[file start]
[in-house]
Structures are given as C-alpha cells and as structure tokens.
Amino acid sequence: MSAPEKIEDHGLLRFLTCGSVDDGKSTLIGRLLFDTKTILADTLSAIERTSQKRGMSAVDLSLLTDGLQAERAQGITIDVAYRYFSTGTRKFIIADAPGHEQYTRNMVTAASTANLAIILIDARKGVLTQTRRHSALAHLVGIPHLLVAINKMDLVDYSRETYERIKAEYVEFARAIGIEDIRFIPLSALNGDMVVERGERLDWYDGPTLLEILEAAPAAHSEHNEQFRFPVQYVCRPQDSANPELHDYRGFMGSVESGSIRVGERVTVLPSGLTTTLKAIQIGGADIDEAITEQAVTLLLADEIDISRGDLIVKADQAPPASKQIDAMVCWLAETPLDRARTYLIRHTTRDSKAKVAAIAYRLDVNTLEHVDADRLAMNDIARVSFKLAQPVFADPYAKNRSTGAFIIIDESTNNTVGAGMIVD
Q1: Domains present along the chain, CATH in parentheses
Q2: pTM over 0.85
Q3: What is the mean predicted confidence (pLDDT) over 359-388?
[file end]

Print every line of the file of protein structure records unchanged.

[in-house]
Structures are given as C-alpha cells and as structure tokens.
Amino acid sequence: MSAPEKIEDHGLLRFLTCGSVDDGKSTLIGRLLFDTKTILADTLSAIERTSQKRGMSAVDLSLLTDGLQAERAQGITIDVAYRYFSTGTRKFIIADAPGHEQYTRNMVTAASTANLAIILIDARKGVLTQTRRHSALAHLVGIPHLLVAINKMDLVDYSRETYERIKAEYVEFARAIGIEDIRFIPLSALNGDMVVERGERLDWYDGPTLLEILEAAPAAHSEHNEQFRFPVQYVCRPQDSANPELHDYRGFMGSVESGSIRVGERVTVLPSGLTTTLKAIQIGGADIDEAITEQAVTLLLADEIDISRGDLIVKADQAPPASKQIDAMVCWLAETPLDRARTYLIRHTTRDSKAKVAAIAYRLDVNTLEHVDADRLAMNDIARVSFKLAQPVFADPYAKNRSTGAFIIIDESTNNTVGAGMIVD
Q1: Domains present along the chain, CATH in parentheses
Q2: pTM over 0.85
Q3: What is the mean predicted confidence (pLDDT) over 359-388?